Tag Archives: dragons

Where dragons walked

Siegfried and the dragon
Siegried slays the dragon, in an illustration by Arthur Rackham. This is one of the set of illustrations for Wagner’s Ring operas that fascinated C.S. Lewis as a boy.

An article at Wonders and Marvels suggests that the legends of medieval dragons in Germany, most particularly that of Siegfried the Dragonslayer, may arise from fossil tracks still visible in that country.

Notably, conspicuous fossil trackways of two types of massive dinosaurs are found in Germany. In 1941, the German paleontologist H. Kirchner speculated that observations of Triassic dinosaur tracks in sandstone near Siegfriedsburg in the Rhine Valley of western Germany might have been the inspiration for the legend about the dragon Fafnir’s footprints.

I share this, of course, purely for your amusement. All sensible people know that dragons survived in Europe well into the early medieval period, when they were slain by Christian saints.

Hat tip: Mirabilis.

How to bamboozle your viewers

Had to blow snow out of the driveway again tonight. My neighbor, who also has a blower and used to do it himself, tells me his is out of commission right now.

I think I made a good investment.

One of our readers sent me a link to the trailer for an animated movie called How to Train Your Dragon, scheduled to come out next month. He asked me what I thought of it. I’m glad he did, because I’d seen it before, and meant to do a rant, but somehow it slipped my mind.

First, the obvious things. It’s supposed to be a movie about Vikings, and they wear horned helmets. If you’ve been reading this blog for any time at all, you surely know that the Vikings didn’t do that. The horned helmets come from Wagnerian opera.

But I can forgive that. It’s a cartoon.

The main character’s name is Hiccup. I’ve been trying to figure that out. Is that supposed to be a play on words? If so, what word? I don’t know of any Viking name that sounds at all like Hiccup.

But here’s my real objection. The movie’s apparently about a kid who discovers that dragons are JUST MISUNDERSTOOD! NOTHING WE KNOW ABOUT THEM IS TRUE!

This is classic contemporary Hollywood. “Let’s do something transgressive! Overturn a long-standing cultural prejudice! Prove that it’s we who are the monsters, not the mythical creatures!”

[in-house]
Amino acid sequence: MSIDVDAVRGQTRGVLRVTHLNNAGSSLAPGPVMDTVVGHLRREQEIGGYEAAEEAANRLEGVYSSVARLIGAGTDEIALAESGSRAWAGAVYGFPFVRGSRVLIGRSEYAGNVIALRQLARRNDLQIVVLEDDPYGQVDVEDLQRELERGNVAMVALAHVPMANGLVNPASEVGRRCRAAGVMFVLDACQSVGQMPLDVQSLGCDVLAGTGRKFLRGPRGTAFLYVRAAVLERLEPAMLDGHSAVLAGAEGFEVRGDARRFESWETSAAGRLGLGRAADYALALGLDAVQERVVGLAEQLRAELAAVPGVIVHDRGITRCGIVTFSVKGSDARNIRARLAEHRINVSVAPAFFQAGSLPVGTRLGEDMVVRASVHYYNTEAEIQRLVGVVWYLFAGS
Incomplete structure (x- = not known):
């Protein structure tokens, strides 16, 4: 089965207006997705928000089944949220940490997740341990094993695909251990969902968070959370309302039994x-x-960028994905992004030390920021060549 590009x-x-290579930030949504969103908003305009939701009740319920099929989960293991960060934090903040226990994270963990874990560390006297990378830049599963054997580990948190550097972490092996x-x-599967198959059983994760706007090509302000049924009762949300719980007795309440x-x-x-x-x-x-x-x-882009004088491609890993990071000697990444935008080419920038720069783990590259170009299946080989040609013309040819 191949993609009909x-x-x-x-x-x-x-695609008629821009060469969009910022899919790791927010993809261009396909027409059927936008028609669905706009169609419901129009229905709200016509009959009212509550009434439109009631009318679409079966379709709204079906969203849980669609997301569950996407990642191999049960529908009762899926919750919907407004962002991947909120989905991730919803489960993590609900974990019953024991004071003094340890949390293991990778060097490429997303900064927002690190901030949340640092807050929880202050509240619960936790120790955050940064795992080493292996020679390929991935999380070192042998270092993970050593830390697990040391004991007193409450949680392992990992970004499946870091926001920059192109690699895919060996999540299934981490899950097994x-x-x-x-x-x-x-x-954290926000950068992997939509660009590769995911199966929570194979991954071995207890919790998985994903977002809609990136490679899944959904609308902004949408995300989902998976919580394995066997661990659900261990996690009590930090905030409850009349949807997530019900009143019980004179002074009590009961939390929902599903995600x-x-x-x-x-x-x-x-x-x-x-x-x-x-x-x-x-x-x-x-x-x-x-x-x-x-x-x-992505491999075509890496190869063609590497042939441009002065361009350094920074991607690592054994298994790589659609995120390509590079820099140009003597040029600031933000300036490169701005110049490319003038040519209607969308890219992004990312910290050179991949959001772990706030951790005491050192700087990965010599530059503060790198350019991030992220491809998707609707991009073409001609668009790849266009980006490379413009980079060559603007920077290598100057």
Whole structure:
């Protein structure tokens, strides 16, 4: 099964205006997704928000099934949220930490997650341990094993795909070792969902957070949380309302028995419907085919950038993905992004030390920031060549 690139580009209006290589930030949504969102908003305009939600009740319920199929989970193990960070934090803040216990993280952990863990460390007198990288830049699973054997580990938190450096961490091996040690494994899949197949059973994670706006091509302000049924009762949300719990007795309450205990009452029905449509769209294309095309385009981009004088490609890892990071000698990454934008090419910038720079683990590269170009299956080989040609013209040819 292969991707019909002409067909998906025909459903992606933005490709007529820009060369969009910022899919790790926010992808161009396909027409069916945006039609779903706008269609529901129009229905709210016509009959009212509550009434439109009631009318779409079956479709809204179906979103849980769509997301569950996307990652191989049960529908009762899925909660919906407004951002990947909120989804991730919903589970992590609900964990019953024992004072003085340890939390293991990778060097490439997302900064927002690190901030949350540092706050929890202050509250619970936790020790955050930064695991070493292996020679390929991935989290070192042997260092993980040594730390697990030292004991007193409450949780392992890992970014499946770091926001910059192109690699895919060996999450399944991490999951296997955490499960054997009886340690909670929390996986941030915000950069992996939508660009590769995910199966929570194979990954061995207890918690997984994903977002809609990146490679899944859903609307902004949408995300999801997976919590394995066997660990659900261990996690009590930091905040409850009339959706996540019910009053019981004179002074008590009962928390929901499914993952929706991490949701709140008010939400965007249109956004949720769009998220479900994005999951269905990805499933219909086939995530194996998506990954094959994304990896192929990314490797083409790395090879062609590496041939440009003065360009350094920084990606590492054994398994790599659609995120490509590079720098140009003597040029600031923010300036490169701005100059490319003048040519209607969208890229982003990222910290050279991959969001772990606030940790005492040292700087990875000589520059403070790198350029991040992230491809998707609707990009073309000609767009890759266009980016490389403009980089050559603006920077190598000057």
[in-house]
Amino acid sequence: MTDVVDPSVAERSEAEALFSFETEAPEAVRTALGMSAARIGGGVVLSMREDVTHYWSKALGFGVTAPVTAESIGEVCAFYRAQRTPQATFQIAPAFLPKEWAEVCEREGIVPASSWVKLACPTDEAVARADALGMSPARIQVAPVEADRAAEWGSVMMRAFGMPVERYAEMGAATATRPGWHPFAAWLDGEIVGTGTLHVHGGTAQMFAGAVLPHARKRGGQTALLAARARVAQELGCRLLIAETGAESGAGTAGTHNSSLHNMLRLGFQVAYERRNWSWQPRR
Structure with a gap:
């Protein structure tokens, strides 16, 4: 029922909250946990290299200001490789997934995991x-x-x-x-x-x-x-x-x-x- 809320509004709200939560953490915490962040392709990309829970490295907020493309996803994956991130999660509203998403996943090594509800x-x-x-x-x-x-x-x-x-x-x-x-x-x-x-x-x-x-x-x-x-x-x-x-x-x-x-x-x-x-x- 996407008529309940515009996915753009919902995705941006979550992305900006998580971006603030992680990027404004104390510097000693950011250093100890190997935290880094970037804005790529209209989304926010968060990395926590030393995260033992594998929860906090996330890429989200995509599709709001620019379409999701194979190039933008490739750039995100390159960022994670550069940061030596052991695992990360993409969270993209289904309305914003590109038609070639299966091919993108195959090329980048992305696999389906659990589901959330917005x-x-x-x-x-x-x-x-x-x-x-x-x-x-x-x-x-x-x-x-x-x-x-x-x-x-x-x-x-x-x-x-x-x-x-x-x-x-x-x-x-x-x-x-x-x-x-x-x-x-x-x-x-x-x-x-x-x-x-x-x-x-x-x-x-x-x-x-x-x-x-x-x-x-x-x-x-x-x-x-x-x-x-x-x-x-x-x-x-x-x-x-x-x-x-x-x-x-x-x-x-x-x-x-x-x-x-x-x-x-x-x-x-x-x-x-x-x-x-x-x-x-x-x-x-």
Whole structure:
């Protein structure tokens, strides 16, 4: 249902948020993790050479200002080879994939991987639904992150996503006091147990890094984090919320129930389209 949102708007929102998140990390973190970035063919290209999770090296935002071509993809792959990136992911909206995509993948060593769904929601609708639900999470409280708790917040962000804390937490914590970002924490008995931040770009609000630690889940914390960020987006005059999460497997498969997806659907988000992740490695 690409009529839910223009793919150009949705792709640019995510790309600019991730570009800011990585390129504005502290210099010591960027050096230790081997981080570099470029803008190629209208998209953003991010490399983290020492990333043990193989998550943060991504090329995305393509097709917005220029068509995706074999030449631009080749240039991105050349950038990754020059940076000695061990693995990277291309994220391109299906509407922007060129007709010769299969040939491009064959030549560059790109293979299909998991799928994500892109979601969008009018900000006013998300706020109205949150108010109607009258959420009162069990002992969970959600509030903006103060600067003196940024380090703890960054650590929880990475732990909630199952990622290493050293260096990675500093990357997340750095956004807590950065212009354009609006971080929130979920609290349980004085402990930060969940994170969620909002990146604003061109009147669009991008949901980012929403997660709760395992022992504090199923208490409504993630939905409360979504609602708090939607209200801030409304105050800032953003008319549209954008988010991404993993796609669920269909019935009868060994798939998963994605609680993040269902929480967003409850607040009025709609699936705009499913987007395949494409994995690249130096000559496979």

First of all, this isn’t creative. The sympathetic dragon has been done. And done, and done. It was a fresh idea back when Kenneth Grahame wrote The Reluctant Dragon, but that was in freaking 1898, for pete’s sake.

I haven’t kept count of the sympathetic treatments of dragons I’ve seen in my lifetime, but it’s been enough to make me tired of them.

I’m not saying it’s impossible to write a good sympathetic dragon story. Grahame’s story, as I recall it, is quite good. But it worked because of the surprise element. Nowadays, sympathetic dragons in movies are as surprising as child-molesting priests, hypocritical Christian fundamentalists, and Government Conspiracies at the Highest Level.

Listen—dragons don’t exist in the real world. They’re what scholars call “fabulous creatures”–creatures of fable. They have symbolic meaning, and that meaning is Powerful Evil (Chinese dragons mean something else, but we’re not in China).

Dragons are powerful. They fly; they have big fangs and claws, and they breathe fire. They’re protected by natural armor.

They’re evil.
They eat livestock and human beings, and sometimes they demand human sacrifices as extortion payments. Theologically, they represent the devil—the serpent of Eden after millennia of good meals and regular exercise.

Modern movie makers (and many modern writers) don’t like this. They believe that people who say, “Dragons are evil,” are only really saying “I fear dragons because I don’t understand them.” For them, hatred of dragons is a symbol of all the bigotry they think they see in our society.

That might be true if there weren’t actually things in the world that deserve hatred. There are things that are not only frightening, but worth being frightened of. When a human being faces such an evil, an evil that can kill him, he is, metaphorically, facing a dragon. And traditional dragon stories help him find courage in that useful activity.

So the real issue is whether you think evil exists. This appears to be a movie for people who think it doesn’t.

I’m fairly sure that the people who produced this movie don’t live in Iran. Or North Korea. Or Somalia.